The Bioarchaeology of Virginia Burial Mounds. DEBRA L. GOLD. University of Alabama Press, Tuscaloosa, 2004. xv + 160 pp., illus., tables, biblio., index. $65.00 (cloth), ISBN 0-8173-1438-5; $34.95 (paper), ISBN 0-8173-5144-2.
Reviewed by Heather A. Lapham
When Southeastern archaeologists think about prehistoric earthen mounds, and there are many to consume one's thoughts in the Southeast, rarely does one consider the mounds that dotted the landscape of the Virginia interior from the eleventh century onward, but these mounds and the people who built them are precisely the focus of Debra Gold's book, The Bioarchaeology of Virginia Burial Mounds. Throughout the Late Woodland period (ca. A.D. 1000-1600) in the Piedmont and Ridge and Valley regions in central Virginia, Native Americans built at least 13 accretional earthen and earth-stone mounds to entomb their dead. In the mid-eighteenth century, Thomas Jefferson witnessed a group of American Indians visiting one of these sacred places near his home and paying tribute to those buried within. Since then, most of the Virginia mounds have been leveled by agricultural activities and natural erosion and many were subjected to looting during the nineteenth and twentieth centuries. Despite these less than ideal circumstances for data collection, Gold examines more than 15,000 fragmentary human remains to explore health and subsistence among the native peoples who constructed and used these mounds, what some have called "ancestral Monacan burial mounds," during the eleventh through fifteenth centuries and later.
In chapter 1, Gold delves into what is known about the lifeways of the Monacan Indians who resided in the central Virginia Piedmont during the sixteenth and seventeenth centuries to provide an appropriate context for interpreting the bioarchaeological data that she presents in chapter 4. She draws upon ethnohistorical accounts and archaeological evidence of the Monacan and their better known neighbors to the east, the Powhatan. The Powhatan, who inhabited the Coastal Plain at the time the English settled Jamestown in 1607 and during centuries prior, were comprised of various Algonquian-speaking tribes associated with a paramount chief by the same name. Much has been written about the Powhatan,, especially when compared to what exists for the Monacan, and Gold presents an informative and concise summary of this information, covering topics such as Powhatan sociopolitical organization, interregional interactions, warfare, subsistence and health, and mortuary practices.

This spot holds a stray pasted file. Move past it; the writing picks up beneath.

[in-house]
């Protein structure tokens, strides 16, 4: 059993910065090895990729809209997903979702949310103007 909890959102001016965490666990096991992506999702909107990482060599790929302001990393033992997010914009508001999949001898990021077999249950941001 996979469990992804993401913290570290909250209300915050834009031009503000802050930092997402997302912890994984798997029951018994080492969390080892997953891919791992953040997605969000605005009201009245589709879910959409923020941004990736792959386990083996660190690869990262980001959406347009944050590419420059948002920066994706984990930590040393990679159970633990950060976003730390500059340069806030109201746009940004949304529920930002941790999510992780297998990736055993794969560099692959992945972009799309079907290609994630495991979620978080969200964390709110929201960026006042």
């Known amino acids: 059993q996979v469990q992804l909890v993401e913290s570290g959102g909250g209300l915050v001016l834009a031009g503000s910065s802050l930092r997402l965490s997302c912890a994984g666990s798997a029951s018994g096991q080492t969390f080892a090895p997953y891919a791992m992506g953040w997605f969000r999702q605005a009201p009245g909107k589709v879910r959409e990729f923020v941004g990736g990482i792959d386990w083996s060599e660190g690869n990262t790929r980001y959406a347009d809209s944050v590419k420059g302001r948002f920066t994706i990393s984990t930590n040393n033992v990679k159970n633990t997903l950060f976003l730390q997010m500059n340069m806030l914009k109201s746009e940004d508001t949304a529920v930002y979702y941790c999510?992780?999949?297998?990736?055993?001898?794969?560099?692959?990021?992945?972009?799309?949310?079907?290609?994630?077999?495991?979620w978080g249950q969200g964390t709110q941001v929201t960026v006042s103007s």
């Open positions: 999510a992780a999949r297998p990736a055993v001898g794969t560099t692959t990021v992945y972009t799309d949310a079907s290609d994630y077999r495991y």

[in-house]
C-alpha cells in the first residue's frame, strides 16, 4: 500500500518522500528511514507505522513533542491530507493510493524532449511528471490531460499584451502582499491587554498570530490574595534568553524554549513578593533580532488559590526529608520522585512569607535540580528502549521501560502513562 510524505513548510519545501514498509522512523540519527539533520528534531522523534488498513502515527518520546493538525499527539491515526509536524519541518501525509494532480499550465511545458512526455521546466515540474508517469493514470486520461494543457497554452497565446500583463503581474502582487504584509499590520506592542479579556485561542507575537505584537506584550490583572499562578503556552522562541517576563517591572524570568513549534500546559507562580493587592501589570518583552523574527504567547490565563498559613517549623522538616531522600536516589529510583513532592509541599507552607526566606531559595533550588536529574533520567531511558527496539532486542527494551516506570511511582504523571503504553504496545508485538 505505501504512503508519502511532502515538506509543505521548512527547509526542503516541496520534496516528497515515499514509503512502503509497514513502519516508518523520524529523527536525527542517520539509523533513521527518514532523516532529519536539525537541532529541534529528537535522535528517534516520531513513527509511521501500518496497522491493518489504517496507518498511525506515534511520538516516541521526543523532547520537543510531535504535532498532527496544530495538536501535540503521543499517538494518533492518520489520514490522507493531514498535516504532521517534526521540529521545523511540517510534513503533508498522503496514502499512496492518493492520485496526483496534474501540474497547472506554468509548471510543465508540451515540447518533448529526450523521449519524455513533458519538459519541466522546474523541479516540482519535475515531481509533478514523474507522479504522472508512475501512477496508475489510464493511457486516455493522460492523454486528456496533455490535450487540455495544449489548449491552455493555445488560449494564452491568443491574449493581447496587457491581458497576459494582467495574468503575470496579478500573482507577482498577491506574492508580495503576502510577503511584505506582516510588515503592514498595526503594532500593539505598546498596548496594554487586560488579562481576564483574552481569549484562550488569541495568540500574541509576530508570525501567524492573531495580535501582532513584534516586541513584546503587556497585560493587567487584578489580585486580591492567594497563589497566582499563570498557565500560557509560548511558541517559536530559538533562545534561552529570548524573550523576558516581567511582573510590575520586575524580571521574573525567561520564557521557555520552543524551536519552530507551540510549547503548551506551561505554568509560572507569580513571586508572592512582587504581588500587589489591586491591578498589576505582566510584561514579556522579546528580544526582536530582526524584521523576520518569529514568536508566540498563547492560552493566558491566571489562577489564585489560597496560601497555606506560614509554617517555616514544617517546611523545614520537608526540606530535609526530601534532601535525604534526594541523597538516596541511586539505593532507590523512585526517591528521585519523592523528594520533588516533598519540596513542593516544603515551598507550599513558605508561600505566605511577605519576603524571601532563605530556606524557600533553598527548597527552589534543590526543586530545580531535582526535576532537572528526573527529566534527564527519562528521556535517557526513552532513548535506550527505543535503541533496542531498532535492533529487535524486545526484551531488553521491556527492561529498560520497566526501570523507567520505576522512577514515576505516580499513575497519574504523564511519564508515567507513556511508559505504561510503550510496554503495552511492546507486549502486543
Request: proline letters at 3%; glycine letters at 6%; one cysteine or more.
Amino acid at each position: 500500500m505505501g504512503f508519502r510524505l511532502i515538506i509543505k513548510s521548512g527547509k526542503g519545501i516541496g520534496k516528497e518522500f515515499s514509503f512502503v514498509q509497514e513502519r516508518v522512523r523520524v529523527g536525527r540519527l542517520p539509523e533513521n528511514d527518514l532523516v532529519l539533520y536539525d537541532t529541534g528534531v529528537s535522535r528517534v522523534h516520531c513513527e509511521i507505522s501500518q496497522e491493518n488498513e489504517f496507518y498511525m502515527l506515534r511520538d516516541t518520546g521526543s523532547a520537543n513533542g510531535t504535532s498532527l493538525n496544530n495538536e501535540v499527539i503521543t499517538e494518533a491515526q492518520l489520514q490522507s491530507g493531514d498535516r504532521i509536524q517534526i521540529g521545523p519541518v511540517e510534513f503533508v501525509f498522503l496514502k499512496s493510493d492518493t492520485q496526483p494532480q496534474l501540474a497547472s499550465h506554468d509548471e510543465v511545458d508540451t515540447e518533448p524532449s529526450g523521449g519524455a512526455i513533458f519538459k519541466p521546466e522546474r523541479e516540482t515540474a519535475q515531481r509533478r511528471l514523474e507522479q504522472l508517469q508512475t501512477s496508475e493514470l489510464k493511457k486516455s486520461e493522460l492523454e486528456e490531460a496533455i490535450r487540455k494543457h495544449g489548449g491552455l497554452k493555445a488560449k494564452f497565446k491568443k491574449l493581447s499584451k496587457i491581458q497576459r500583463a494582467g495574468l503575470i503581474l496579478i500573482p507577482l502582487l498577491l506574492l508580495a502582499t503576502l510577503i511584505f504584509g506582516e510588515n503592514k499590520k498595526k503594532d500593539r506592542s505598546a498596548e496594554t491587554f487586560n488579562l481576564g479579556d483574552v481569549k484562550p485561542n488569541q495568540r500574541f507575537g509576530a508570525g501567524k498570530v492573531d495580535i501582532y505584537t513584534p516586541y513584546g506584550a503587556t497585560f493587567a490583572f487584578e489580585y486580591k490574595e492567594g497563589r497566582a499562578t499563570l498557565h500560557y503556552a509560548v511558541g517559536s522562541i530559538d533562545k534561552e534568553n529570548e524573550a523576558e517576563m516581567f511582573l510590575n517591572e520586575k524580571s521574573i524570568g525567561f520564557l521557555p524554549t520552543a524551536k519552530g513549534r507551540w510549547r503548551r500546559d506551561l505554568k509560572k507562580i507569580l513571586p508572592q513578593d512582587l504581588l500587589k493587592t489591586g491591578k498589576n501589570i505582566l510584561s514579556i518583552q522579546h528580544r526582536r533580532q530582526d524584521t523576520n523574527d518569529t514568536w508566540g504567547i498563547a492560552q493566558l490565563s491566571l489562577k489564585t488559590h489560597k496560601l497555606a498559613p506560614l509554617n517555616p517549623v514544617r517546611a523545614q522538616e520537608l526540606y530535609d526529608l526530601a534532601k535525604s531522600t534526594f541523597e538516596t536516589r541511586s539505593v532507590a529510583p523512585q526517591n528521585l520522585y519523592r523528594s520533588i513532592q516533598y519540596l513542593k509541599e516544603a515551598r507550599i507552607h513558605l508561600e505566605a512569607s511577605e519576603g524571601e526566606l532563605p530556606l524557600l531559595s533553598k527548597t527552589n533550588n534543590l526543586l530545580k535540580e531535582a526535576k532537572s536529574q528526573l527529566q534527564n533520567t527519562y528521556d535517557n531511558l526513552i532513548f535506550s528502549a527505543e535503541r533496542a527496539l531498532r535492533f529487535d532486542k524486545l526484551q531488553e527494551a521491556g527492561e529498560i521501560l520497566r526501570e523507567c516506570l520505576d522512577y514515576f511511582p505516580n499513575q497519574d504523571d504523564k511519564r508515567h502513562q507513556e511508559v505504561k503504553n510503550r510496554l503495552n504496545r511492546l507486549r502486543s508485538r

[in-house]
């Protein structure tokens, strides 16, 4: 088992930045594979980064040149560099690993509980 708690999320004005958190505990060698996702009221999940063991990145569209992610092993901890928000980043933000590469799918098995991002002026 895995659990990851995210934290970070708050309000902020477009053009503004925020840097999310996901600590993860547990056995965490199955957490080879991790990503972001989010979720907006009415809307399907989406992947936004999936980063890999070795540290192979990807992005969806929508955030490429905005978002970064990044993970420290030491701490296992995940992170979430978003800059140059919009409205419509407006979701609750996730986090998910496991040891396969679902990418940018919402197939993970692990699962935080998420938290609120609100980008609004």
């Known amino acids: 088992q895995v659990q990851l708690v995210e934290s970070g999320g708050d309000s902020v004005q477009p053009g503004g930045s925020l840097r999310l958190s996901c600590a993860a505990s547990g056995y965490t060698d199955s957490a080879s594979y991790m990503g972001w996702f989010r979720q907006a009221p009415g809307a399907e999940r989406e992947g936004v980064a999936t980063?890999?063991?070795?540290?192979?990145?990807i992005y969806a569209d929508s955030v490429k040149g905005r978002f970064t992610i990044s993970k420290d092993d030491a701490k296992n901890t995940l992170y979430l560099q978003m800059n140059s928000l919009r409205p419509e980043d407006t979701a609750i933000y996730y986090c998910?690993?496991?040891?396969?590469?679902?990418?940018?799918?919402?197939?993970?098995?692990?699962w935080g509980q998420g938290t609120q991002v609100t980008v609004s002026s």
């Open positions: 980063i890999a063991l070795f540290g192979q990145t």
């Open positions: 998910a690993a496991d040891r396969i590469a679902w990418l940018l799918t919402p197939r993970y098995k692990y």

Gold discusses the history of the modern exploration of the Virginia mounds in chapter 2 and then describes the three main sites included in her study: Lewis Creek Mound (44AU20), Hayes Creek Mound (44RB2), and Rapidan Mound (440R1). These three sites are the only mounds to have large, fairly well-preserved human remains associated with them, although Gold studied only part of the Rapidan mound sample so additional bioarchaeological research is possible. Two other mounds, John East Mound and Linville Mound, have such limited skeletal collections that Gold describes them briefly, but excludes them from her more detailed analyses of mortuary practices and health in the Virginia interior. Virginia mounds, which reached heights up to 15 feet, contained a variety of burial types, including primary interments (both single and multiple), bundle burials and other secondary interments, cremations, and large collective burial features. Interestingly, Gold identified several different types of burial treatments in most mounds, although generally not all burial types were present in a single mound. She argues the construction and use of these burial mounds in the Virginia interior spanned at least 500 years by closely related people who participated in a shared mortuary program.
In chapter 3, Gold examines small-scale, sedentary societies to develop several general expectations for the bioarchaeology of Late Woodland native groups in the Virginia interior. …